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Colombian President Juan Manuel Santos (C) waves to the media with his wife Maria Clemencia upon his arrival at a hospital for surgery in Bogota October 3, 2012.
By Eduardo Garcia and Jack Kimball
Wed Oct 3, 2012 7:40pm EDT
BOGOTA (Reuters) - Colombian President Juan Manuel Santos' surgery for non-aggressive prostate cancer was successful and the 61-year-old is recovering well, his medical team said on Wednesday.
Midway through his four-year term, Santos surprised the Andean nation on Monday by announcing that doctors had discovered a cancerous growth on his prostate.
He said the disease had been caught in time and there was minimal risk.
"Thank God, everything went well. I'm recuperating well. My family and I are very grateful for all your support," Santos said in a message on Twitter after the surgery.
His medical team said earlier on Wednesday the operation to remove the prostate had been successful and there had not been any complications.
"He has started drinking fluids, has asked for something to eat, has been able to sit in bed, therefore I think he has evolved very, very well," Santos' urologist, Dr. Felipe Gomez, told reporters outside the Fundacion Santa Fe hospital in northern Bogota where the surgery took place.
Doctors said the tumor was extracted under local anesthesia and that it had not spread.
"His vital signs have remained stable. ... The president will continue being monitored by doctors as planned," said Adolfo Llinas, the hospital's medical director.
Santos' treatment will not require chemotherapy, Gomez has said, and the president will likely spend two to three days in the hospital. A complete recovery will likely take up to three weeks.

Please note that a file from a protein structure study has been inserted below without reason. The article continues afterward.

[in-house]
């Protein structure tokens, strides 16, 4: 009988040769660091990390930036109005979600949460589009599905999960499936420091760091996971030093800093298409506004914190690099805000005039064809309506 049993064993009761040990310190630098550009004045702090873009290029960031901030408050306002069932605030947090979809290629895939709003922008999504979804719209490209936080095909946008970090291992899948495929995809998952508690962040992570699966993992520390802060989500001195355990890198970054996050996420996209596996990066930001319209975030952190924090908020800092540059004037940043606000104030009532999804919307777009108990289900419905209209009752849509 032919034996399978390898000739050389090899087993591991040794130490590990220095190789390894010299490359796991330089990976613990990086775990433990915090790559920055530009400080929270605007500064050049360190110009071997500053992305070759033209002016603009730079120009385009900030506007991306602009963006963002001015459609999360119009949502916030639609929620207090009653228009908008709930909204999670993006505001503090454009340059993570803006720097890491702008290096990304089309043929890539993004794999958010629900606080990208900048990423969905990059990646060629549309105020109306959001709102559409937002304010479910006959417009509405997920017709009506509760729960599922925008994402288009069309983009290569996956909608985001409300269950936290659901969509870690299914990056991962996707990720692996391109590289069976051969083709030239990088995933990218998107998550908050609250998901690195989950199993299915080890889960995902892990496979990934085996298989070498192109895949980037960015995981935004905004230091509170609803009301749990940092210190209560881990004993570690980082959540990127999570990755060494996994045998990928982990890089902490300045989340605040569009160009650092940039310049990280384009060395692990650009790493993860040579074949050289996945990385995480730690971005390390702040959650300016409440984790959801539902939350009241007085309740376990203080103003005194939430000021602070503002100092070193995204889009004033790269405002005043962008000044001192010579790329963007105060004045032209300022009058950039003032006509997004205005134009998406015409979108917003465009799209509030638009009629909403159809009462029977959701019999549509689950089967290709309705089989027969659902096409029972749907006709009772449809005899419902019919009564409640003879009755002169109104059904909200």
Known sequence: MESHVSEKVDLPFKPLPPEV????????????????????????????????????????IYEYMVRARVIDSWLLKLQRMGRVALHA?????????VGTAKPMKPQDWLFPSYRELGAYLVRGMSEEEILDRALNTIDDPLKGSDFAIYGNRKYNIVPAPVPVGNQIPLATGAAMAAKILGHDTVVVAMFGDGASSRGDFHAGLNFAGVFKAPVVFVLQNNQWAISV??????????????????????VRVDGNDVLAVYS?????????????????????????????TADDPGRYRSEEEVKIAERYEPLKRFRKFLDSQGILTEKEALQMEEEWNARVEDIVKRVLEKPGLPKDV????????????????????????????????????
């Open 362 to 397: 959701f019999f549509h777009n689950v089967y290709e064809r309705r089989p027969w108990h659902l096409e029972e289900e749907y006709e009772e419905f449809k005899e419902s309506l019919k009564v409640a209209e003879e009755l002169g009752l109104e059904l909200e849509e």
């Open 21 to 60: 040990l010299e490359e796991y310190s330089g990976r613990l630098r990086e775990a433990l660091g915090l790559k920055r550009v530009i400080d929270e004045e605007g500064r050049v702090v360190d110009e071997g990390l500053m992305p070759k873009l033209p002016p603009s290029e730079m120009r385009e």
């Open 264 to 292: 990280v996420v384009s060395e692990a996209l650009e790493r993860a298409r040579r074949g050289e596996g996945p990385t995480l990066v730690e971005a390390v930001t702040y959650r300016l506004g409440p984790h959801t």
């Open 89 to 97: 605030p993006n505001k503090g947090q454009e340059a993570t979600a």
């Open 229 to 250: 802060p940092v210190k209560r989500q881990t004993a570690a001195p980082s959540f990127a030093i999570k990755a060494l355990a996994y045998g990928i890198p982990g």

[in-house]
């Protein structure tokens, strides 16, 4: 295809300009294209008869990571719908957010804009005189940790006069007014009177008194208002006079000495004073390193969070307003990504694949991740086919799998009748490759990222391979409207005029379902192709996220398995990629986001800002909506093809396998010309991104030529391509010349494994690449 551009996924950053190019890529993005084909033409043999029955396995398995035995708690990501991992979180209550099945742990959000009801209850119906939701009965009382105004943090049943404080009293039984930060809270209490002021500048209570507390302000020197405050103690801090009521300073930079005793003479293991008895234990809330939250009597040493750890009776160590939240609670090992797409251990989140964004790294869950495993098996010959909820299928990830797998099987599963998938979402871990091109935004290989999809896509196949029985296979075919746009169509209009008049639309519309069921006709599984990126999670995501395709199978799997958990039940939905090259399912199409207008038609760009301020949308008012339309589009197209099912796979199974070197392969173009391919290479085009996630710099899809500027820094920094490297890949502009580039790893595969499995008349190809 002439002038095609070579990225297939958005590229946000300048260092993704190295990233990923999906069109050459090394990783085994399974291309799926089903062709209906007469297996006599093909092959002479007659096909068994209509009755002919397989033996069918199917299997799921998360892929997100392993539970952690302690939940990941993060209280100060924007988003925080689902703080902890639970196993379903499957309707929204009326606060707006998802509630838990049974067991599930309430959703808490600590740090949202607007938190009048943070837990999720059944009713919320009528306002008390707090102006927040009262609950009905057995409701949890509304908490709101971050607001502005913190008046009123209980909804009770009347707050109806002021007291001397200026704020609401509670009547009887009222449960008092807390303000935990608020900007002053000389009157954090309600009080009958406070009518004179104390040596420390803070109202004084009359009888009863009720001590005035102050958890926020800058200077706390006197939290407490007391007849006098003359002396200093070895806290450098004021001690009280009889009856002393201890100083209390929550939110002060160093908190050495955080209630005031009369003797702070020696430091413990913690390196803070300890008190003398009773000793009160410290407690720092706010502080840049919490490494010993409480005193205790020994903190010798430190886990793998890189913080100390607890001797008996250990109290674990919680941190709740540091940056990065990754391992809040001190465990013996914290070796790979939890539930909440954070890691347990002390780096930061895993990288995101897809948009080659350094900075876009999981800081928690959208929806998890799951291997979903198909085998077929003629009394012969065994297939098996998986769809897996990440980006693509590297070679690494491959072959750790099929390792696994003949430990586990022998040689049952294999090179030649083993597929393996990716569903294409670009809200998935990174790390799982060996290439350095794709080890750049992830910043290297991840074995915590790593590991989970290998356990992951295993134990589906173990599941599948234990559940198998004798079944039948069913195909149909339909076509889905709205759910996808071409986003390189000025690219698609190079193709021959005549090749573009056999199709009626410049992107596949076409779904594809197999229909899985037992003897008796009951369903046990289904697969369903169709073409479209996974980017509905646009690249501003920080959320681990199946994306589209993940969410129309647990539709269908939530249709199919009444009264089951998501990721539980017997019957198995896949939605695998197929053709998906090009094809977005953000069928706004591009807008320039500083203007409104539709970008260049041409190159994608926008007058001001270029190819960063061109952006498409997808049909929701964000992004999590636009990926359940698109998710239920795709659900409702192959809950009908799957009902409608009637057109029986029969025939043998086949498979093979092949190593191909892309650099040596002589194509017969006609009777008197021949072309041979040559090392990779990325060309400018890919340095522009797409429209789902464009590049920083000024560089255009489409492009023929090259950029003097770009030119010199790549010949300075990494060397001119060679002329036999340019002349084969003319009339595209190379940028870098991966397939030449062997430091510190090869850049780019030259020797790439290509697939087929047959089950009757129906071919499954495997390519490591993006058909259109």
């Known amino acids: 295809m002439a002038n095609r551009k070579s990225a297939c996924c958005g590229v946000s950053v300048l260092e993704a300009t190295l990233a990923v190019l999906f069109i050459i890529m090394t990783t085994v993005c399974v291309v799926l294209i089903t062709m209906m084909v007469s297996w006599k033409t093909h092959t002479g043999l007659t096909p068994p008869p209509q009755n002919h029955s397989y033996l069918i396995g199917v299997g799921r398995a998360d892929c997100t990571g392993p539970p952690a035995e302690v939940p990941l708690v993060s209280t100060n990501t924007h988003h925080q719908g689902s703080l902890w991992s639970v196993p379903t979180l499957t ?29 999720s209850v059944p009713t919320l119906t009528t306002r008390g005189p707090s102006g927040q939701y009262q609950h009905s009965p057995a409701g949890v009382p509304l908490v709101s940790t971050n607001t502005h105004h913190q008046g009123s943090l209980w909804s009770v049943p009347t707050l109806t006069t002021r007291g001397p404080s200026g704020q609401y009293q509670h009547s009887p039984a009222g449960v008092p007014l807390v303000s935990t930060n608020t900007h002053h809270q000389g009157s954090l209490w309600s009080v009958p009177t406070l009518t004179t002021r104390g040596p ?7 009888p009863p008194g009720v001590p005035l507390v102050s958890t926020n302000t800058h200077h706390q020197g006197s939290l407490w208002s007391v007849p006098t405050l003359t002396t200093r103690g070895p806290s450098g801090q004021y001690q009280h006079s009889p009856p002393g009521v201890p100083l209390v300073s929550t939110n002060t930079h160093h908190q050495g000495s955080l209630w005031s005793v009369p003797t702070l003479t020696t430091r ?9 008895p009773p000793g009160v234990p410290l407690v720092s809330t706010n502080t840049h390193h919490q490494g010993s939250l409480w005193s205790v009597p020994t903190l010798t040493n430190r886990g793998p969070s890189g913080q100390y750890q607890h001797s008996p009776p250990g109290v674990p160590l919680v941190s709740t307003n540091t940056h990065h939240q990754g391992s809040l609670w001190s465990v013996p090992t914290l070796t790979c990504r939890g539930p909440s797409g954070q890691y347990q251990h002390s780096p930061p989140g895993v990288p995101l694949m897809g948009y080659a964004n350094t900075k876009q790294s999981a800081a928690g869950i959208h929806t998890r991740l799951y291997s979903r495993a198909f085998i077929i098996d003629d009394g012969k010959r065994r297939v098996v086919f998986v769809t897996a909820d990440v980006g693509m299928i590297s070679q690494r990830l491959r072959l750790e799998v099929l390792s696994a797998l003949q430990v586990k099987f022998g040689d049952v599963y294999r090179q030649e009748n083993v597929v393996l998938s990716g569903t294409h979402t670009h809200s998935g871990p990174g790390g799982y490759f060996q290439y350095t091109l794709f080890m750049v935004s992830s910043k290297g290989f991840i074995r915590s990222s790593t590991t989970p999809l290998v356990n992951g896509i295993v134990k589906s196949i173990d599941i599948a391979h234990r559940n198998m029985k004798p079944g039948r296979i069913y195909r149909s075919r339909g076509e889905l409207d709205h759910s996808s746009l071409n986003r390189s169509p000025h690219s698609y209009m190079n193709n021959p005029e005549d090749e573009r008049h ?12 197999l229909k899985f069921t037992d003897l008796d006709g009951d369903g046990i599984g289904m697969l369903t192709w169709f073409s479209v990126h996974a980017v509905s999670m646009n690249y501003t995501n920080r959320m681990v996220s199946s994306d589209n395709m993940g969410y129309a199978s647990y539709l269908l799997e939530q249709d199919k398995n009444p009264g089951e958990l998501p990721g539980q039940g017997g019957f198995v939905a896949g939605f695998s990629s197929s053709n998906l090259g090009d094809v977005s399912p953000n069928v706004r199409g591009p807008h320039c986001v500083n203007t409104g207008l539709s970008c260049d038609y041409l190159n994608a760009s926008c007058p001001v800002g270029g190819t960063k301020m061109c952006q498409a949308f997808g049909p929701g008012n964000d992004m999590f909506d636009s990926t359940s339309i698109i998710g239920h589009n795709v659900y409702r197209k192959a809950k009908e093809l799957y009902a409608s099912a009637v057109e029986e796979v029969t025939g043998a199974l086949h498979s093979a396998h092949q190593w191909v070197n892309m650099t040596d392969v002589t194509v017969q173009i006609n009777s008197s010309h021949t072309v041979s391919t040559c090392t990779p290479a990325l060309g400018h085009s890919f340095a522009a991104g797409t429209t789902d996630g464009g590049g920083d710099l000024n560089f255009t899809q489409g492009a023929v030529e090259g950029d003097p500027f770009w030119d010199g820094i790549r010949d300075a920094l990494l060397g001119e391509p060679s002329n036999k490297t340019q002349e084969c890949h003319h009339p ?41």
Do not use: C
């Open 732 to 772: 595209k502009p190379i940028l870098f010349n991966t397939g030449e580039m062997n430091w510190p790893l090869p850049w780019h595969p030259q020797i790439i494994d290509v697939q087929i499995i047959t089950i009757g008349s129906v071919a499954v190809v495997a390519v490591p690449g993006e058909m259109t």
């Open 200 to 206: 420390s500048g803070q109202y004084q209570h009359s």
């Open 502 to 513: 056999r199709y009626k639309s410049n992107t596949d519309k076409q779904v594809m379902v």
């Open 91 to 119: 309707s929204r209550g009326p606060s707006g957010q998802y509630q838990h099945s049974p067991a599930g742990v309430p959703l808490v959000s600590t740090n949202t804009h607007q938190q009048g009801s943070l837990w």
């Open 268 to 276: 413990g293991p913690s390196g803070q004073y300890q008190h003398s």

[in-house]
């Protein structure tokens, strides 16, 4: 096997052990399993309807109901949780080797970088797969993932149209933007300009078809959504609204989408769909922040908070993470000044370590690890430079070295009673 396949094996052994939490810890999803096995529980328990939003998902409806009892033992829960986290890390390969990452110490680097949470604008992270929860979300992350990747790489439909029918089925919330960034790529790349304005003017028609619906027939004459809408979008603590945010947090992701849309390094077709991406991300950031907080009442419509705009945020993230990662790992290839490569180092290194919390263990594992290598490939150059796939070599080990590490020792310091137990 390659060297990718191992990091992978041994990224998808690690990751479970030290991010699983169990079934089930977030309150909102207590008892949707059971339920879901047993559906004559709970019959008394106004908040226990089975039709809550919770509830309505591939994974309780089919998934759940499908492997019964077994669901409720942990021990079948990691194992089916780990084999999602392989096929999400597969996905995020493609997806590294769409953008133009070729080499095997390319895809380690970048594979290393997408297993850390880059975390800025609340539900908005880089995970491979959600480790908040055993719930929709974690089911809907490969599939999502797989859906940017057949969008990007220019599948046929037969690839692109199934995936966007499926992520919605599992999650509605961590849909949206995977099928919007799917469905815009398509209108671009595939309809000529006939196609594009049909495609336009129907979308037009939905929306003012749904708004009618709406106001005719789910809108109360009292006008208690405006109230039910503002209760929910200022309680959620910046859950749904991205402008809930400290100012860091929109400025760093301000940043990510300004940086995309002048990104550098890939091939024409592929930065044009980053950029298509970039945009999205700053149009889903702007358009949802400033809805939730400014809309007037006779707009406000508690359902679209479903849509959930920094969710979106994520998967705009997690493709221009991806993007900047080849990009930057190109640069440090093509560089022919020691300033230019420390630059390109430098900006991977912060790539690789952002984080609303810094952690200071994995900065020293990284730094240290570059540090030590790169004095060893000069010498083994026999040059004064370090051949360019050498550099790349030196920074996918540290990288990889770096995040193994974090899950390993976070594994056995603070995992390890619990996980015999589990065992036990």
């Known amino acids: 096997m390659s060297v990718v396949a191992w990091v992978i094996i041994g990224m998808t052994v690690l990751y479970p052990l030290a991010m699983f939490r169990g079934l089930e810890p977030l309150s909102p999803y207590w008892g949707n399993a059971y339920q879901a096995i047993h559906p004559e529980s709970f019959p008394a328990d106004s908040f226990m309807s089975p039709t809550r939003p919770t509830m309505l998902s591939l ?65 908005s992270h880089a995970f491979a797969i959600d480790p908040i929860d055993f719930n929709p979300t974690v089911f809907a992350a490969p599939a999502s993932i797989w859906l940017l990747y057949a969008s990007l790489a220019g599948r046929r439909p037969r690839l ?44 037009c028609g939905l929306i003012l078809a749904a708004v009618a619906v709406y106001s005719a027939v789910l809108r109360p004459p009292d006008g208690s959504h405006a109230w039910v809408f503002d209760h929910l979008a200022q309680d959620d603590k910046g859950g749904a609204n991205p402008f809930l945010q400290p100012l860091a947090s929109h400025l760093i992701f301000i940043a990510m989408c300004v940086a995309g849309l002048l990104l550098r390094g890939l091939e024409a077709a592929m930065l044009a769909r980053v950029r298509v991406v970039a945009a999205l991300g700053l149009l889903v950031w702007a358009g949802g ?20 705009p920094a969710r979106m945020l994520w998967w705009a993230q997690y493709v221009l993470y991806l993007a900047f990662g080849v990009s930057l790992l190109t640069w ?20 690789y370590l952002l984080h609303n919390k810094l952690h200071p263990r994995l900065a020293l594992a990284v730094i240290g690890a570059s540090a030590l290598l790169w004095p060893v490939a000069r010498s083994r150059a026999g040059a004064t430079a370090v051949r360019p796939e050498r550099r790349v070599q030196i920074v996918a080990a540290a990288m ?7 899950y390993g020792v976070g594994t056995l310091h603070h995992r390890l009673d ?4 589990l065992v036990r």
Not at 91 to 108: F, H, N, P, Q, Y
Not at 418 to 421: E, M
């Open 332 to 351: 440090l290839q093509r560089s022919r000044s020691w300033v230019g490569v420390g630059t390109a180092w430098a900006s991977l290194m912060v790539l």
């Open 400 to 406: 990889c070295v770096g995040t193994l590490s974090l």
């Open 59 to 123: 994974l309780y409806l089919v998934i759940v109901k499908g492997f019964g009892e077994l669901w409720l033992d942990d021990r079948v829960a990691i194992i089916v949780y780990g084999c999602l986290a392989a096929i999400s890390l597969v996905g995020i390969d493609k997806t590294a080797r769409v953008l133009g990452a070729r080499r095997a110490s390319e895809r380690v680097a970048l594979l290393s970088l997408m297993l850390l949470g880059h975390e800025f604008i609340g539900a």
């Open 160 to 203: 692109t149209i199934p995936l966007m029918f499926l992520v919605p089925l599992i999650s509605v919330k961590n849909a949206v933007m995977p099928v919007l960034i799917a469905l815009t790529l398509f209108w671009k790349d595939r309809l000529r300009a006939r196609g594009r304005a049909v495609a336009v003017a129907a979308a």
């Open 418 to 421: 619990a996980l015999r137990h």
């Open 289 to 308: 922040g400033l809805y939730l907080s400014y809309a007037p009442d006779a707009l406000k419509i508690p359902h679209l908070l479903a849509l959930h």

He is not allowed to travel during his recovery, but will be able to carry out his official duties.
The Harvard-educated economist, who took office two years ago, said earlier this week he had a 97 percent chance of beating the disease.
Santos, a conservative whose policies have fueled economic growth in the country, is about to start peace talks with the Revolutionary Armed Forces of Colombia (FARC), the Marxist-inspired insurgency that killed tens of thousands over 50 years.
A peace deal would help secure Santos a place in history and allow him to build on the economic and security advances that began under former President Alvaro Uribe a decade ago.
Colombia, a nation of about 46 million people, has attracted record foreign direct investment over the last few years as a U.S.-backed military offensive against drug traffickers and FARC rebels improved business confidence.
"Thanks to the (Patron Saint) of Miracles for the operation's result. Today, more than ever, we need the president," Vice President Angelino Garzon, who had a stroke earlier this year, said via Twitter.
Santos received messages from Israel's and Britain's prime ministers wishing him well, and was visited by Colombia's defense and foreign ministers after the operation.
Colombia's leader joined several other Latin American heads of state who have battled cancer in recent years.
Venezuela's Hugo Chavez, who is seeking re-election on Sunday, has undergone three operations for tumors since mid-2011.
Former Brazilian President Luiz Inacio Lula da Silva was successfully treated for a throat tumor this year and his successor, President Dilma Rousseff, was treated for lymphoma in 2009.
(Additional reporting by Monica Garcia; Editing by Stacey Joyce and Todd Eastham)
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